May 6, 2014 at 6:52 pm #1316540
@zendragonLocale: Southern Arizona
I've been backpacking since I was kid, and was always taught that that your socks are the one of the most important things in your pack. I'm a firm believer silk/nylon liner sock under a padded "hiking" sock combo, and this combination has served me well. I have never gotten a blister in hundreds of miles. Obviously a good fitting shoe is as much responsible for that as the socks, but I've read quite a few blogs and articles recently talking about some people doing thousand milers with a single sock of merino wool or similar fabric.
I haven't bother to give that a shot but recently picked up a few pairs of socks that came recommended from several of those articles and blogs. The Wooleator, the Darn Touch Light Hiker, and a couple others. I'm going to try them out on a some short 25 milers without liner socks. But, I am curious how many of you only wear a single pair on your longest hikes. What other socks have you tried and had success with?May 6, 2014 at 7:17 pm #2099972
always gone with single socks. Smartwool PhD and this year i have a pair of Darn Toughs too. 2 pair alternating days to let them air out. Long day hikes i'll change mid day.
if liners work for you then go with it. maybe single socks won't bother you either, your experiment will let you know.
for me keeping my socks clean is the most important.. once i went to Dirty girl gaiters the amount of dirt and duff in my shoes has about disappeared.May 6, 2014 at 7:20 pm #2099974
I wear Wright coomax socks which have no padding to speak of. I don't hike thousands of miles but I do put in some 15-20 mile days (albeit not a great distance by BPL standards) wearing trail runners and I've never had a blister or any other foot problems to speak of. One thing I like is that my feet don't overheat and sweat with these socks on.May 6, 2014 at 8:42 pm #2100004
@kwersalLocale: Western Colorado
When I started hiking/backpacking 30+ years ago the liner sock/wool sock thing was considered the way to go for footwear. I haven't worn that kind of combo in almost 30 years and think of it as outdated. I usually wear a fairly lightweight merino wool sock like Smartwool or Icebreaker or similar, and they certainly serve me as well (actually, better) than the old sock combo. Sometimes a wear a minimal type shoe with no sock at all and come away from that blister-free, too.May 6, 2014 at 9:53 pm #2100024
@millonasLocale: Santa Cruz Mountains, CA
The last time I wore liner socks under thicker socks was with big ole old-school leather hiking boots. They are a partial solution to to handling excess internally generated moisture that only really arises in such boots, and maybe a bit in lighter waterproof shoes that don't breath well – including a lot of Gortex-lined shoes. If you wear such boots then I suppose a lot can be said about using them, for and against.
On the other hand if you use trail runners the moister evaporates quickly right through the shoe. The received double sock wisdom really in no way applies to this case. The strategy there is to remove the moisture not just from the skin, but from the shoe as well as quickly as possible. In that case the thinner the socks the better. Probably your feet would be best in that type of shoe with the liners alone, but definitely with single (and thinner) socks. Wool is a good choice.May 7, 2014 at 12:57 am #2100057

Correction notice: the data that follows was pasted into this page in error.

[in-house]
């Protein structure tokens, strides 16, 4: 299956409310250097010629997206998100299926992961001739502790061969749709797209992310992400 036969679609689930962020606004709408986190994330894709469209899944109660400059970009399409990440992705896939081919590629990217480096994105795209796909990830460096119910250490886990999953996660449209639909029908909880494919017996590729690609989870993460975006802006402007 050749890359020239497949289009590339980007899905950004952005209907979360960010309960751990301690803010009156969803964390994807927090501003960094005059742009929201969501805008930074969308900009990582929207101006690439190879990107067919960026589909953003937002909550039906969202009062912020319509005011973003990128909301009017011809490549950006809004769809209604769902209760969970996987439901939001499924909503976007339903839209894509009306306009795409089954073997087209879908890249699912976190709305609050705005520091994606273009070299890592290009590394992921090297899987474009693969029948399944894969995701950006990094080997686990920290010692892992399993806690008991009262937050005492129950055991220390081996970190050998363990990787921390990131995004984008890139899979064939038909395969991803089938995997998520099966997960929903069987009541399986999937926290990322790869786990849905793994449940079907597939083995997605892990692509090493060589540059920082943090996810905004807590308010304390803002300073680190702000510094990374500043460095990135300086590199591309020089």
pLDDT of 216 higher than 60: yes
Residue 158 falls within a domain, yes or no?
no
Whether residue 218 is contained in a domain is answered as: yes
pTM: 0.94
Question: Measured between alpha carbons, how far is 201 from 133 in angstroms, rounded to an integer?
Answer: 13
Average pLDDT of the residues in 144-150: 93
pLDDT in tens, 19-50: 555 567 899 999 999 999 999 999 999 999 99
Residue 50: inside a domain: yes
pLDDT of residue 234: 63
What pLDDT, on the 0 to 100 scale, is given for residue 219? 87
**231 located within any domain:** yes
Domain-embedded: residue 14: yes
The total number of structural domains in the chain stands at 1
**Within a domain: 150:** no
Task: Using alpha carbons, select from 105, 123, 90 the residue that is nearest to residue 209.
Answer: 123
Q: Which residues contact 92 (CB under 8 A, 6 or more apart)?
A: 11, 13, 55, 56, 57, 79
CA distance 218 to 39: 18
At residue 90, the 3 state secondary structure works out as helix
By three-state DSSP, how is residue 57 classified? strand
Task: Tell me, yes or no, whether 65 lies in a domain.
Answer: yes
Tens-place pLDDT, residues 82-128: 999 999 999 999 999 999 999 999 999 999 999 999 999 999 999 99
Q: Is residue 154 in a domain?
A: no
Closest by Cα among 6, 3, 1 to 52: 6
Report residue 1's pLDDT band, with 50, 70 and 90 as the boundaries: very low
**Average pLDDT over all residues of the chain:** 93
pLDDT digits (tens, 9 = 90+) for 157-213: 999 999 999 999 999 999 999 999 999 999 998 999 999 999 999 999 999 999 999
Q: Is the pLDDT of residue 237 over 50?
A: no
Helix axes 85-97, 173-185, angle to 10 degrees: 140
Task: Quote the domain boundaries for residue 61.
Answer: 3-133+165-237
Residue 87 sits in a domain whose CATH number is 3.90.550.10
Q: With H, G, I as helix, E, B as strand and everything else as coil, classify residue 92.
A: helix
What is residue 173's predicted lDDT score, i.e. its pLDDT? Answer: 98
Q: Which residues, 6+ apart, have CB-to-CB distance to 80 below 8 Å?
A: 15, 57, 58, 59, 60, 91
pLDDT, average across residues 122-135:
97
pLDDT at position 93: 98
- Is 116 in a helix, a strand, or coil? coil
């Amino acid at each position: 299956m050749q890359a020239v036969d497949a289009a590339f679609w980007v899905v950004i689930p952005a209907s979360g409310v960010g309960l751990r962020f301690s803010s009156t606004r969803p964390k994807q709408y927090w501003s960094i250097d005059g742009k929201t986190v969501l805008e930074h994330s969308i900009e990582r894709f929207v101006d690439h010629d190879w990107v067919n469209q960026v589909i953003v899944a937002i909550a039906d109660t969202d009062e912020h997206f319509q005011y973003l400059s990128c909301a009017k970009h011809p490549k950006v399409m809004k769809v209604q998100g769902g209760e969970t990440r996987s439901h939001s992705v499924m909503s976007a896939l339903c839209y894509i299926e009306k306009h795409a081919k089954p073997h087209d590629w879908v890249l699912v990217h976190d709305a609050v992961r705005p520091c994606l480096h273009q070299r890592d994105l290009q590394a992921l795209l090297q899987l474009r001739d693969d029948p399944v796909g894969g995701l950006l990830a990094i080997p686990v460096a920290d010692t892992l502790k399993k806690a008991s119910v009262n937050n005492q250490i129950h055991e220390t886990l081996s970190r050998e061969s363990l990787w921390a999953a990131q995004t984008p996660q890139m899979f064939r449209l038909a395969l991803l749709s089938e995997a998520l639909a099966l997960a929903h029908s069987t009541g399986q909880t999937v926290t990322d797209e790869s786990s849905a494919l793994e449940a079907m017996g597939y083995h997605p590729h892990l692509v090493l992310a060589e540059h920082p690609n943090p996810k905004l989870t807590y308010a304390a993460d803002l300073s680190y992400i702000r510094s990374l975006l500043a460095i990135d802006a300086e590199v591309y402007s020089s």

@rcaffinLocale: Wollemi & Kosciusko NPs, Europe
Gobi Wigwam liners under Darn Tough Boot Socks
CheersMay 7, 2014 at 2:27 am #2100061
I used to wear them back in my heavy leather boot days. These days I wear poly socks with no liners.May 7, 2014 at 7:27 am #2100115
@scubahhhLocale: White Mountains, mostly.
From REI for about $10/pair. I realize that prolly violates all,the scientific approaches to wicking moisture away from the skin and allowing it t evaporate, but it works for me with either GTX hiking boots, mesh runners (which I usually wear, three-seasons), and anything in between.May 7, 2014 at 7:36 am #2100123
@zendragonLocale: Southern Arizona
Thanks for all your input! Very much appreciated! And yea I figured the liner sock thing was a little outdated as better made shoes have come out. I wear a pair of Lowa Renegade GTX Mids (about 2.5 lbs for the pair). Although not as light as some of the trail runners, are quite light for a mid. They are gore-tex with a leather outer, but an astonishingly comfortable and smooth interior. They have served me spectacularly well given some of the other foot issues I have, and they are NOT made in China! o_O These are the shoes I will be experimenting with, and if that goes well I might pick up a pair of trail runners to experiment with as well.May 7, 2014 at 7:56 am #2100129
@texasbbLocale: Pacific Northwest
I've always used just wool socks, usually merino of some sort, but occasionally ragg if it's a long downhill day (merino can sometimes be too slippery). But I recently had an experience that caused me to go buy some thin synthetic liners. A very rainy trip had me walking in drenched shoes/socks for several days, and I discovered I have an allergy, or at least a sensitivity, to wet wool over the long term. My feet and ankles looked like they'd been fire roasted after about two days. So I'll probably stick with plain socks unless there's a lot of rain in the forecast, in which case I'll take the liners.May 7, 2014 at 9:46 am #2100177